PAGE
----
In case of tabs selection restoring, we can implement this method as the following code presents:

protected override void OnRestoreInstanceState(Bundle savedInstanceState)
var previouslySelectedTabPosition = savedInstanceState.GetInt("selectedTabPosition", 0);

previouslySelectedTabPosition variable will be initialized with integer value from Bundle dictionary saved under “selectedTabPosition” key, or default value (0) if nothing saved for the key is found.

NOTE: Bundle parameter provided in OnRestoreInstanceState() is exactly the same, as the one available in OnCreate(Bundle bundle) method called on Activity’s creation. We could actually also retrieve our saved value there, but in many cases restoring the state (like selecting previously selected tab) requires some UI elements to be already initialized, which should be handled within OnCreate() method before. Because of that, I’d rather suggest to restore Activity’s state using OnRestoreInstanceState() as a general rule (of course there may be some exceptional cases 😉 ). OnRestoreInstanceState() will always be called after OnCreate().

Moreover, if we wanted to use Bundle parameter in OnCreate() method, we’d need to check each time if bundle is not NULL (as we don’t know whether OnSaveInstanceState() had been called before).

As a result, the same tab as previously is selected even after rotating the device on MoneyBack‘s MainActivity:

MoneyBack – keeping tab selected when rotating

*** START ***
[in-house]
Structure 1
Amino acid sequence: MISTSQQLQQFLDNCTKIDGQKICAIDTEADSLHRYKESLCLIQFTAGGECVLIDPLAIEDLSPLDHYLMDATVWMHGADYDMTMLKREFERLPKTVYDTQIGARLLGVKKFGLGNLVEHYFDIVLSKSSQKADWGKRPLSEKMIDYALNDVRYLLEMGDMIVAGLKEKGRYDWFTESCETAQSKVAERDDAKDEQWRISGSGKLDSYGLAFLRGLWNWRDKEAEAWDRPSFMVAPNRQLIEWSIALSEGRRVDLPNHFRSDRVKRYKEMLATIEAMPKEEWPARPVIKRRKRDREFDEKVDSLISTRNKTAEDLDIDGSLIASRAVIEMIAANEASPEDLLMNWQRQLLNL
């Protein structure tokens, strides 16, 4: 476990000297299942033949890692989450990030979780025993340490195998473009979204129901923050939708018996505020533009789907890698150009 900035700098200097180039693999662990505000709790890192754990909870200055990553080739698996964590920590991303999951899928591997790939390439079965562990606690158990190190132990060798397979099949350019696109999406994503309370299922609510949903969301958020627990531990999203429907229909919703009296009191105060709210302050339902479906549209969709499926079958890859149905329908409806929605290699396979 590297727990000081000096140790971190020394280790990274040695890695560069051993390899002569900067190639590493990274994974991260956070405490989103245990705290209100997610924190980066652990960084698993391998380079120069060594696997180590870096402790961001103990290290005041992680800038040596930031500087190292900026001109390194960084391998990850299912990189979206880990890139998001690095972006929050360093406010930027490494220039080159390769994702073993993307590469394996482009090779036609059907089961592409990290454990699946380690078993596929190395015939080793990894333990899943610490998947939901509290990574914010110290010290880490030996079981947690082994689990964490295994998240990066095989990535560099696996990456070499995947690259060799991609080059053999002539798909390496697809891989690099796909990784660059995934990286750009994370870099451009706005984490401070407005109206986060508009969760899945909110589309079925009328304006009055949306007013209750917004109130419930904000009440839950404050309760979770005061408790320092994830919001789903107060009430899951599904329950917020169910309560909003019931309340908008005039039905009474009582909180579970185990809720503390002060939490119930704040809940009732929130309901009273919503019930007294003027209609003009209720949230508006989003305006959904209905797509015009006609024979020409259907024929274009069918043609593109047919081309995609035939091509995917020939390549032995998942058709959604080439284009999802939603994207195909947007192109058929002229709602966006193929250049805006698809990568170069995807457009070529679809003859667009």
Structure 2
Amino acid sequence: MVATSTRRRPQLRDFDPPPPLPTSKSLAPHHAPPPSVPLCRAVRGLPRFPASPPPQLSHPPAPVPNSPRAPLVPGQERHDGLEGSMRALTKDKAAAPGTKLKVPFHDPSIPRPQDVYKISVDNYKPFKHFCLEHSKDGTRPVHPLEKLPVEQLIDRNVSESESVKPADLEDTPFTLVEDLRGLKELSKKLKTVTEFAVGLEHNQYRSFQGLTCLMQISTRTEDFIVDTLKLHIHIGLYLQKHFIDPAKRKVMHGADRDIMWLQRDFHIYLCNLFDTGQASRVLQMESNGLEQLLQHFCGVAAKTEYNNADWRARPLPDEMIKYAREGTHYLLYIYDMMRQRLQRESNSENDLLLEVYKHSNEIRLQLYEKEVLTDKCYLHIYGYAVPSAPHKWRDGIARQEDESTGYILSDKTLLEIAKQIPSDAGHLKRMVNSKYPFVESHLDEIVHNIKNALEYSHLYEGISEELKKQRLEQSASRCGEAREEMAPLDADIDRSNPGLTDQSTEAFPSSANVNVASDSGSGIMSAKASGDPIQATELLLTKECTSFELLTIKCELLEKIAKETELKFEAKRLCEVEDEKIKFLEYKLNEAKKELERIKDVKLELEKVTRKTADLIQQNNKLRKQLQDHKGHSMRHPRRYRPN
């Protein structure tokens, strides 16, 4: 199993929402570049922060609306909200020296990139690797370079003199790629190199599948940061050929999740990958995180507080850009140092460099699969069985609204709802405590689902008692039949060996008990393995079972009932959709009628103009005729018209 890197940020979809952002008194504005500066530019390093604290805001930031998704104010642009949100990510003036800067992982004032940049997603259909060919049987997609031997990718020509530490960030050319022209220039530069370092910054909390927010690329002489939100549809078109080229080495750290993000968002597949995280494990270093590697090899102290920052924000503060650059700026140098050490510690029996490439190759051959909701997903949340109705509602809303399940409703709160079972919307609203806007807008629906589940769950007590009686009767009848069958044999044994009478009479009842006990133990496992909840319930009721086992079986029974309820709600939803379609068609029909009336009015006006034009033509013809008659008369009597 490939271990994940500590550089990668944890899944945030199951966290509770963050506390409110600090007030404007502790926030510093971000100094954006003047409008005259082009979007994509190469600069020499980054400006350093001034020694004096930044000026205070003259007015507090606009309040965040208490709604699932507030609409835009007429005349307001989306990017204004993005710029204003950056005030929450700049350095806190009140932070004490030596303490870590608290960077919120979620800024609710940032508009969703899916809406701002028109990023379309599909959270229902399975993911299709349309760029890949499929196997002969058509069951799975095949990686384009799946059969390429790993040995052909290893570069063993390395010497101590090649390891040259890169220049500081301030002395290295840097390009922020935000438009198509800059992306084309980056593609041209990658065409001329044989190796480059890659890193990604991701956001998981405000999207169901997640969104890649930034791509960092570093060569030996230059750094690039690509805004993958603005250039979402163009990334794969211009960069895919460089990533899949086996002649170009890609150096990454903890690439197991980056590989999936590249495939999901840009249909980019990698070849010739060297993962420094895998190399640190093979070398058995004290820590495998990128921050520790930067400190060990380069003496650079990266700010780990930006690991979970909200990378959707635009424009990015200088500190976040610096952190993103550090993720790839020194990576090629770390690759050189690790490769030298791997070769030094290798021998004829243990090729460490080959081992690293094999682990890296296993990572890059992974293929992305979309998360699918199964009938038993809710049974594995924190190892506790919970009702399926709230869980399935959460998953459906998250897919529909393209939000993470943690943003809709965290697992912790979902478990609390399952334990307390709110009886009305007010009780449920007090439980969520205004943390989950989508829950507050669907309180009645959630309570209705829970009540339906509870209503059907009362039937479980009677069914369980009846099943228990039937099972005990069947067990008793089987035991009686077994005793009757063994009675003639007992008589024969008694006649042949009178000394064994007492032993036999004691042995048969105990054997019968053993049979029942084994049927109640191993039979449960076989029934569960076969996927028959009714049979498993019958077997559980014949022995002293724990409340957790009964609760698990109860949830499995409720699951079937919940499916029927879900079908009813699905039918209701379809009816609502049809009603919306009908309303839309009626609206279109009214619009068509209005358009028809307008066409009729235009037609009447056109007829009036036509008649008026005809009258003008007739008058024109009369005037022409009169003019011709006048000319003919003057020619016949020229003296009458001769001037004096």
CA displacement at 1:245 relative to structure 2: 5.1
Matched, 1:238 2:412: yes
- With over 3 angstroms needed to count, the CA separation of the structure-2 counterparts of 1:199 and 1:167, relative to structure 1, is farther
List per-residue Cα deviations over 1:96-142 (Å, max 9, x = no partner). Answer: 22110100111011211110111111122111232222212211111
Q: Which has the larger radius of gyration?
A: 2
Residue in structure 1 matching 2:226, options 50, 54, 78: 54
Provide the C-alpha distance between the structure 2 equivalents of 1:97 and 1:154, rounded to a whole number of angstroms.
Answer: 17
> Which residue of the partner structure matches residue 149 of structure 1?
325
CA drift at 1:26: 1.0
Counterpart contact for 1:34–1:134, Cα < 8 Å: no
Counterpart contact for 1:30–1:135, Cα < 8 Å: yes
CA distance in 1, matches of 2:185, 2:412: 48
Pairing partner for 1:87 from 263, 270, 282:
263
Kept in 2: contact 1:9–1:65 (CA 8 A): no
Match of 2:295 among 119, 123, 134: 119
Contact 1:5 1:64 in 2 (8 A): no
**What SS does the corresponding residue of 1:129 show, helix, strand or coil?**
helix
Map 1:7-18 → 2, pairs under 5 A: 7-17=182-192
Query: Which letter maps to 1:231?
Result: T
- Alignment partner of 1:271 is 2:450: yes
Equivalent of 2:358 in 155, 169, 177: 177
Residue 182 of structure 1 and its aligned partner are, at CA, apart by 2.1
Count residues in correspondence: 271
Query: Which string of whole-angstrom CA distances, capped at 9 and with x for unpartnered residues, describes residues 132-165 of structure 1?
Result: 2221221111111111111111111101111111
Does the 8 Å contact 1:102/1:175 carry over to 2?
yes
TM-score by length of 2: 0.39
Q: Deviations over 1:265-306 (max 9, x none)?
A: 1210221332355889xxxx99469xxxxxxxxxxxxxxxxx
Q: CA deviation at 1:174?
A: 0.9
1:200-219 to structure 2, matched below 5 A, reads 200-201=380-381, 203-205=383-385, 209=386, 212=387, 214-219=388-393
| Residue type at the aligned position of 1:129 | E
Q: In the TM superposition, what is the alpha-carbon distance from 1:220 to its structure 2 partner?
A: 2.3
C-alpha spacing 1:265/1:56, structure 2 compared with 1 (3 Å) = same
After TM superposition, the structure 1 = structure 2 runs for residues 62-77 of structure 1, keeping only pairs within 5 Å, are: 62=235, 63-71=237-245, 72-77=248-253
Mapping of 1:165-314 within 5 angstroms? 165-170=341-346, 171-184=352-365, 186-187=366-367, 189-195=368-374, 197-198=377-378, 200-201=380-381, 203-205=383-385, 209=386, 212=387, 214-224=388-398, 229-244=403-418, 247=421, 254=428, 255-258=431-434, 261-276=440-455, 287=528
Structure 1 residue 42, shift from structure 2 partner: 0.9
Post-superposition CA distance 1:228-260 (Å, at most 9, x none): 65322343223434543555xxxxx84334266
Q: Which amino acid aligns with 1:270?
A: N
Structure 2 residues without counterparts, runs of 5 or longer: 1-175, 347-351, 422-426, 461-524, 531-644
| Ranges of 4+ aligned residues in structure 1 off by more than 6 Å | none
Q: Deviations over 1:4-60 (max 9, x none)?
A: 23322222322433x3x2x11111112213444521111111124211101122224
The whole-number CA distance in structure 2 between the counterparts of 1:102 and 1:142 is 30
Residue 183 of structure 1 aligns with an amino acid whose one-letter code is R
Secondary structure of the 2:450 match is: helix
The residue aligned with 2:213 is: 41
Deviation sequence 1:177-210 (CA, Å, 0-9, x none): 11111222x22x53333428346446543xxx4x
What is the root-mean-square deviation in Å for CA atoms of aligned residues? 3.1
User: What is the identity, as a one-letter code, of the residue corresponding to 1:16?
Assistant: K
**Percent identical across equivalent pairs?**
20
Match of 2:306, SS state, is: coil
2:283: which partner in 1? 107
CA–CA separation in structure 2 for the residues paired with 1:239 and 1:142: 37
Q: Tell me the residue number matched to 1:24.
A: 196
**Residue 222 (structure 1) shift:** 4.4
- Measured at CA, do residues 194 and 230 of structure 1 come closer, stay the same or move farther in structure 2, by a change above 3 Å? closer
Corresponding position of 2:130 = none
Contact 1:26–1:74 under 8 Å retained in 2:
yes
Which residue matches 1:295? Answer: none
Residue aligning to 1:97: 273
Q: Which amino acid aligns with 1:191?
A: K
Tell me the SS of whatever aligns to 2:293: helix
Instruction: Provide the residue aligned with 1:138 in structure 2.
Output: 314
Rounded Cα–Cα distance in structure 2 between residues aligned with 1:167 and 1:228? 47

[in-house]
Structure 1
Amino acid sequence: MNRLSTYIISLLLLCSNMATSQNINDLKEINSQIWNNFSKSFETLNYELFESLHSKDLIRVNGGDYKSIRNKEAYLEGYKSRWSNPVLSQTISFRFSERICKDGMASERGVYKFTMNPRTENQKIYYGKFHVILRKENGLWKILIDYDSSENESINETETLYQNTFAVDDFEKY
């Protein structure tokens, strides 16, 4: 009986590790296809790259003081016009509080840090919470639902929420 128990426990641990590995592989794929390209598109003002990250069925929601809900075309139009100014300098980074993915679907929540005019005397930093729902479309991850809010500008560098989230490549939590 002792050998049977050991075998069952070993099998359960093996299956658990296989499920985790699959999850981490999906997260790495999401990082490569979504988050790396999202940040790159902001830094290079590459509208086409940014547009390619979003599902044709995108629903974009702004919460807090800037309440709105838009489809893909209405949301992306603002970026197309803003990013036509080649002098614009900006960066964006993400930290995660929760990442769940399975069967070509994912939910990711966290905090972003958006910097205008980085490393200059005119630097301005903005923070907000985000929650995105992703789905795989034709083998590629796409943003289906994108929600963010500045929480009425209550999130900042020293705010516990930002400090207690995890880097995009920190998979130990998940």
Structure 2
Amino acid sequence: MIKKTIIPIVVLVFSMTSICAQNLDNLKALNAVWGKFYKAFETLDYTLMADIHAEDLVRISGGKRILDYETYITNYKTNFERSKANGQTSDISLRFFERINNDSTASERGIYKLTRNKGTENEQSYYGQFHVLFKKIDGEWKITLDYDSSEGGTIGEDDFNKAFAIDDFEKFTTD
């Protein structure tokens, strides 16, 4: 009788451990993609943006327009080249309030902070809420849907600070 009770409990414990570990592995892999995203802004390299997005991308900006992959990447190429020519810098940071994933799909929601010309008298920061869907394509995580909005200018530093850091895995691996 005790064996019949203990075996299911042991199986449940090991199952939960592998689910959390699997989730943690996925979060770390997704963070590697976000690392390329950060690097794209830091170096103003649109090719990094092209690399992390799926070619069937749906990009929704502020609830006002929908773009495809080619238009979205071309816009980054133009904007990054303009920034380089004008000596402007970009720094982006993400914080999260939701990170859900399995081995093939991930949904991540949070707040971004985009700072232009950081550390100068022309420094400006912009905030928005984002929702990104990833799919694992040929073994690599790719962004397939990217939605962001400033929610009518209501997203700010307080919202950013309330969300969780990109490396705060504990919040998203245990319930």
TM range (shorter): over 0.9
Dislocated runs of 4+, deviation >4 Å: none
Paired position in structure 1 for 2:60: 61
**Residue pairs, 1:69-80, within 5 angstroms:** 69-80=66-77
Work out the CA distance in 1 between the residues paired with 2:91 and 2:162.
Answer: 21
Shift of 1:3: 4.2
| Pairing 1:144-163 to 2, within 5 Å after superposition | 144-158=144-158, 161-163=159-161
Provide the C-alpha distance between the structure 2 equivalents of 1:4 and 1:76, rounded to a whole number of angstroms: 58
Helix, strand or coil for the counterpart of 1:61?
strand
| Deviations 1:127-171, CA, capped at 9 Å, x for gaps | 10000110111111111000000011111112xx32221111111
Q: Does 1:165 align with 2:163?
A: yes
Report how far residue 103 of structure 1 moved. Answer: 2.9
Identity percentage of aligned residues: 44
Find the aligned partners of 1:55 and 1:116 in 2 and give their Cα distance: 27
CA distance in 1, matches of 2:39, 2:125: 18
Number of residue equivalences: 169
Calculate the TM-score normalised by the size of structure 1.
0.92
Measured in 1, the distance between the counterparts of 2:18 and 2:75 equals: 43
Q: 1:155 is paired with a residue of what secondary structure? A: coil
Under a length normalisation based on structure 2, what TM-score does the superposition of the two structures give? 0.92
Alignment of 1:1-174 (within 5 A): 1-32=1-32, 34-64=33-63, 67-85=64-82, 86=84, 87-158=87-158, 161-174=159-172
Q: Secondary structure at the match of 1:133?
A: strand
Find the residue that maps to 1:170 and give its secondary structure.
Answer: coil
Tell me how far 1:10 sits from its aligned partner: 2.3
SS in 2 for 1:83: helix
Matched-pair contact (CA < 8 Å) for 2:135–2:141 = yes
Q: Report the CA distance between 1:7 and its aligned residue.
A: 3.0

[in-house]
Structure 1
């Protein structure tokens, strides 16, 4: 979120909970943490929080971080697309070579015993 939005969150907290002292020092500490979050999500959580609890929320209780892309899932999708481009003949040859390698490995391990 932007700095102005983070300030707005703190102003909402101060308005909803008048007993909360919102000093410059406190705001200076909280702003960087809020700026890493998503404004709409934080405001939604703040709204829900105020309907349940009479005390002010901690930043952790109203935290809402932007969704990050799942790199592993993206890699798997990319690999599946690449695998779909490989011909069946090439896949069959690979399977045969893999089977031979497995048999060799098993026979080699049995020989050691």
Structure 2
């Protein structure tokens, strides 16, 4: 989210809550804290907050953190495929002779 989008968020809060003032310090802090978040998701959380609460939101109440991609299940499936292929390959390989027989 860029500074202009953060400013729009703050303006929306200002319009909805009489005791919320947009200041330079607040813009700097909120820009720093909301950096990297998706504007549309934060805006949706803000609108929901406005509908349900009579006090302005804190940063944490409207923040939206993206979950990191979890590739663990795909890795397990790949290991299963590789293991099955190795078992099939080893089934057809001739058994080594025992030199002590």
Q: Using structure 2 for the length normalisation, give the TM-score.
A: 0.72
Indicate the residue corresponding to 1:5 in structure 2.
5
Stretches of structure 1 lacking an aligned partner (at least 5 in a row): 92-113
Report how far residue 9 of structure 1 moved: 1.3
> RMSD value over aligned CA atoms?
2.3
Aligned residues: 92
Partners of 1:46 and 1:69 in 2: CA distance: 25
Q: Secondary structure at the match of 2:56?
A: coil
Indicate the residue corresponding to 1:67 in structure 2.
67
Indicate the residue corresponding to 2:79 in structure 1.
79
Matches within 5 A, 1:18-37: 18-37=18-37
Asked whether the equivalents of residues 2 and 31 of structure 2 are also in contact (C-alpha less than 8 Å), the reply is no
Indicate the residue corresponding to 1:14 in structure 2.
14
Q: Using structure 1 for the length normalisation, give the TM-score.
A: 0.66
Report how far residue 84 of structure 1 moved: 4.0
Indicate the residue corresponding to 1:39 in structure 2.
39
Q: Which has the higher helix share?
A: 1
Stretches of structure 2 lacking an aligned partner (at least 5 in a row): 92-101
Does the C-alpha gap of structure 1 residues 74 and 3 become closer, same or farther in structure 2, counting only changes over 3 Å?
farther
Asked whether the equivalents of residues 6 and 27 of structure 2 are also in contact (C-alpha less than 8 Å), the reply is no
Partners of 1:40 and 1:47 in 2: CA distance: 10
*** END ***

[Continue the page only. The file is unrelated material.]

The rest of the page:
“Automatic” state changes handled by Android OS

Maybe you noticed in your Android application, that not every UI element needs to be handled “manually” by implementing the above-mentioned methods in order to save its state. Android performs some kind of “automatic” saving and restoration of basic UI elements’ states.

The rule here is that as long as UI element (like TextView or Button) has its android:id set in .axml layout file, OS will automatically manage those elements’ states (e.g. text entered into EditText).

For example, for EditText declared like that:

android:fadingEdge="none" />

view raw


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its properties (especially its Text property) will be automatically saved and restored on screen orientation changes.


We’ve seen how to handle Android Activities’ state changes caused by configuration modification (e.g. screen orientation change, Activity being killed by the OS in order to free some resources etc.) by implementing OnSaveInstanceState() and OnRestoreInstanceState(), where we added and retrieved key-value data to/from Bundle serialized dictionary. We just need to remember that those methods are not always called (e.g. when navigating between Activities using “back” button), so these should be used only for certain kind of state changes.

We’ve also seen that UI controls with their android:id defined in layout files have their states resistant for configuration changes (handled automatically by Android OS).

Bundle dictionary is serialized for better performance and memory utilization, so only simple-typed values should be stored in it (like strings or integers). In order to store more complex data, Android provides different possibilities of managing it (e.g. using OnRetainNonConfigurationInstance).

.NET full stack web developer & digital nomad